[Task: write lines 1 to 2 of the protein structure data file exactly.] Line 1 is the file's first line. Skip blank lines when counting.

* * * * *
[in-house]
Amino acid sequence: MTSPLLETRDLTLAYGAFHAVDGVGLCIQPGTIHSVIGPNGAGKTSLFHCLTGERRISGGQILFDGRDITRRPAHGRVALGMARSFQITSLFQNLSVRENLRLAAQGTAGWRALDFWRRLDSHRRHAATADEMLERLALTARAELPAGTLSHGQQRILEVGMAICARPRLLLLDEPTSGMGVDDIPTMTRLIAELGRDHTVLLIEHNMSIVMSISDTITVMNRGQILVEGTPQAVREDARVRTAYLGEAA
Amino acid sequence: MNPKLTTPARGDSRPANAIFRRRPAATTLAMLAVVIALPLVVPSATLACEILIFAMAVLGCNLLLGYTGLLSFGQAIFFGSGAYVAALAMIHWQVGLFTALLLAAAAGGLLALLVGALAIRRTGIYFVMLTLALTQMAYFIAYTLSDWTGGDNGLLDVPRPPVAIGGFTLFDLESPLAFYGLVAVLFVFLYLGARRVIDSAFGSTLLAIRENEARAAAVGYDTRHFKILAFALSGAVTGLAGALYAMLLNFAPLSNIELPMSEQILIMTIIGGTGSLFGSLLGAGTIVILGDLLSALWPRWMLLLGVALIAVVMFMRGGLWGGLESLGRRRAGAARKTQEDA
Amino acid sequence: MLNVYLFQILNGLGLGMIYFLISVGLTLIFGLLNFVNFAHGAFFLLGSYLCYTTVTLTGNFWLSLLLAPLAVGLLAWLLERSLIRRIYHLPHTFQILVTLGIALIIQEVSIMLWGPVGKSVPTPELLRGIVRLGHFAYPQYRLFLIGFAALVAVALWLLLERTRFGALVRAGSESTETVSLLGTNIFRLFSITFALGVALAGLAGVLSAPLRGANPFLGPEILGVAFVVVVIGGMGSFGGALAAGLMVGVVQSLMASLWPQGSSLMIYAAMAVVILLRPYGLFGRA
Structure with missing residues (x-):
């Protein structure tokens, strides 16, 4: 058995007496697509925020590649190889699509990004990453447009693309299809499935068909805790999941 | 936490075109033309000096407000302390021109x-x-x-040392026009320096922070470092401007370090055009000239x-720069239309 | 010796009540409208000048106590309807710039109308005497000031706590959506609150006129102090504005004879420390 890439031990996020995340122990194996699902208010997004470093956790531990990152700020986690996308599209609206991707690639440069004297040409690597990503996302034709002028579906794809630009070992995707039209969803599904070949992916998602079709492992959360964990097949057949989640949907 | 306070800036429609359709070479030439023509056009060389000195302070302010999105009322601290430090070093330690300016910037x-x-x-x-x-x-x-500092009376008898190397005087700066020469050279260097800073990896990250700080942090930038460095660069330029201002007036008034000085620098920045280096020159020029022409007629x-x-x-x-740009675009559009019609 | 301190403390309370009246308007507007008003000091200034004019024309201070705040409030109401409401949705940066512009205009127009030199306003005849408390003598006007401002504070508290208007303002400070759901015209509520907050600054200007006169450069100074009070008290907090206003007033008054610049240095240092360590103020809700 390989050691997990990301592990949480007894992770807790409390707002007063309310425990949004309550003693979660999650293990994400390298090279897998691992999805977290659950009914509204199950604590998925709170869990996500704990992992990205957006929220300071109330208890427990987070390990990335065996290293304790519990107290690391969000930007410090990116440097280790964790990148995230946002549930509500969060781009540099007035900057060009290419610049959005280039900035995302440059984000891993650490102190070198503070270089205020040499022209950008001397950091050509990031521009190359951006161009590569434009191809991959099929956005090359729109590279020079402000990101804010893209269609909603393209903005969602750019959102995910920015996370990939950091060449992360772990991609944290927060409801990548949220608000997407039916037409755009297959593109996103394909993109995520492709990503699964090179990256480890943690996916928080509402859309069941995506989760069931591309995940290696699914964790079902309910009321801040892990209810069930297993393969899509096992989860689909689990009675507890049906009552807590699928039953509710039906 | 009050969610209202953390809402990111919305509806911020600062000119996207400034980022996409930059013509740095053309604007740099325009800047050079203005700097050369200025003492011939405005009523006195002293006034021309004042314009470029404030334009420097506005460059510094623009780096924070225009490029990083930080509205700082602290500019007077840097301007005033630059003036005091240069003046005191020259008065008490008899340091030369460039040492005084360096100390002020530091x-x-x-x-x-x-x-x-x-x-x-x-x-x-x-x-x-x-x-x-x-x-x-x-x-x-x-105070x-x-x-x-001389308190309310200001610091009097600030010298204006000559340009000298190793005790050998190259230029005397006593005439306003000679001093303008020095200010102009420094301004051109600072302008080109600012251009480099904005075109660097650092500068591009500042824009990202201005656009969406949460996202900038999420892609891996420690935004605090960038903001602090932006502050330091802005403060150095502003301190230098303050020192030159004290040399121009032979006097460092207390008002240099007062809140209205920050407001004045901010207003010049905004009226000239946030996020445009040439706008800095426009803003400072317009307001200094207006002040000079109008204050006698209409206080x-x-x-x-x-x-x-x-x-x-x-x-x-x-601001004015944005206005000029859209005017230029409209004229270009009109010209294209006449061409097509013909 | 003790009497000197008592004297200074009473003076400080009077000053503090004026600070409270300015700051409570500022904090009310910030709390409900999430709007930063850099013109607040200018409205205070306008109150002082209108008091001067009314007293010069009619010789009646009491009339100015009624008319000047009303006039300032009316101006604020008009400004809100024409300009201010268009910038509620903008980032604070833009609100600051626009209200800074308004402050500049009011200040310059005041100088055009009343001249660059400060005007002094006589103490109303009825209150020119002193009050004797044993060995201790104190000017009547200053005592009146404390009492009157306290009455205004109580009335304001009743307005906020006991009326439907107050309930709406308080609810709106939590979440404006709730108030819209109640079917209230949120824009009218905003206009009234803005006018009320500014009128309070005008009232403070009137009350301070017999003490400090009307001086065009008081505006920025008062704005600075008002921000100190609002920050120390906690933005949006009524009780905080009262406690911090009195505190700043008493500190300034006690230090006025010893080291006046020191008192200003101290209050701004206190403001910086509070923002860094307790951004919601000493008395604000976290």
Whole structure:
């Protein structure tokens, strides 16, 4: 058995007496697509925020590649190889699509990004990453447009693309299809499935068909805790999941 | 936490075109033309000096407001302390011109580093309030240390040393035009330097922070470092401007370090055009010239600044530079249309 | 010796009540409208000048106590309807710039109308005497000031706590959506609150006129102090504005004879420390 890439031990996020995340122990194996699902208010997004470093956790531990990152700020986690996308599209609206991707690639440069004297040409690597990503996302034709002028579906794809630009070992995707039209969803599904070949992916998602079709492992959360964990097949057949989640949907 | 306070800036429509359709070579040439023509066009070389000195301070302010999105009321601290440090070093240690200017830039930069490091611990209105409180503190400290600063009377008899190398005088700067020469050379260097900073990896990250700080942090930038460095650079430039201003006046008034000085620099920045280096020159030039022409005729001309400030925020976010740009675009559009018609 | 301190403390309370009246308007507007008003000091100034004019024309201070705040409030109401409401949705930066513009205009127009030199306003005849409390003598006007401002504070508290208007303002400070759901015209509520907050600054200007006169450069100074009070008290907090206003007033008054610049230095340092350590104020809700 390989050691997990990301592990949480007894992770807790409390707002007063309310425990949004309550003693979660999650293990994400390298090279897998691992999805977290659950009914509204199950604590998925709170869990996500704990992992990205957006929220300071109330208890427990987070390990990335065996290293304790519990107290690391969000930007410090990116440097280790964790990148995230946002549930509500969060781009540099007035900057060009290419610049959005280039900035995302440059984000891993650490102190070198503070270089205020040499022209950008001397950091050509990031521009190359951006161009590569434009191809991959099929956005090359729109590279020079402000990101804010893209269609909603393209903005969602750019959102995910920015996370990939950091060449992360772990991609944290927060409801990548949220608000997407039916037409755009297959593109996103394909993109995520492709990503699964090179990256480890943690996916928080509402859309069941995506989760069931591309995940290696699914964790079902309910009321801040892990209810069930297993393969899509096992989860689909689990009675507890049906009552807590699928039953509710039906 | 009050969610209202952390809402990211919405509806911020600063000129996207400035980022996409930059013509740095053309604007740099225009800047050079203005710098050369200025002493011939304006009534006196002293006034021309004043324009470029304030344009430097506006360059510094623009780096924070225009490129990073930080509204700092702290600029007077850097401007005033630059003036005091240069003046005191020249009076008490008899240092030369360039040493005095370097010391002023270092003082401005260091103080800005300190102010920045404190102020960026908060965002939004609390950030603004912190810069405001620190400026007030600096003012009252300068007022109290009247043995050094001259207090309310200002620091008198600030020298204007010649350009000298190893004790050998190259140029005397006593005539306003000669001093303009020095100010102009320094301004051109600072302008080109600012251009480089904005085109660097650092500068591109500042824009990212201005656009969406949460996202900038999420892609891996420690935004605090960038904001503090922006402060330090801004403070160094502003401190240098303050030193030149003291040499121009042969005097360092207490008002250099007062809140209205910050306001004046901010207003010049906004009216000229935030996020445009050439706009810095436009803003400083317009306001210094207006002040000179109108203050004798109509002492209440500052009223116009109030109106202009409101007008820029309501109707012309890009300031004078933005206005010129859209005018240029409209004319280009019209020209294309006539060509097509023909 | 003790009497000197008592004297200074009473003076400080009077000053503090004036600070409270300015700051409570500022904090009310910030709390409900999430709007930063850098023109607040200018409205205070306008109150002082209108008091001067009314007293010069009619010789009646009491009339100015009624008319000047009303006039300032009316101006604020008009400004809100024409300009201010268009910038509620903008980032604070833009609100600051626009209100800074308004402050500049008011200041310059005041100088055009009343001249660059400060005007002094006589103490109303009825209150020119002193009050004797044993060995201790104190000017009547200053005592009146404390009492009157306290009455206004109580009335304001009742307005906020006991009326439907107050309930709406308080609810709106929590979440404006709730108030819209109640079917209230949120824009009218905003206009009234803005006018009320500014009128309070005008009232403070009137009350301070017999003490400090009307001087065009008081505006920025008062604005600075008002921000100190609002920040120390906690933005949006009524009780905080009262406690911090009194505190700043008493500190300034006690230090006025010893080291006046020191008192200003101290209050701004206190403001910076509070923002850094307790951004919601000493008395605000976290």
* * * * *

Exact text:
[in-house]
Amino acid sequence: MTSPLLETRDLTLAYGAFHAVDGVGLCIQPGTIHSVIGPNGAGKTSLFHCLTGERRISGGQILFDGRDITRRPAHGRVALGMARSFQITSLFQNLSVRENLRLAAQGTAGWRALDFWRRLDSHRRHAATADEMLERLALTARAELPAGTLSHGQQRILEVGMAICARPRLLLLDEPTSGMGVDDIPTMTRLIAELGRDHTVLLIEHNMSIVMSISDTITVMNRGQILVEGTPQAVREDARVRTAYLGEAA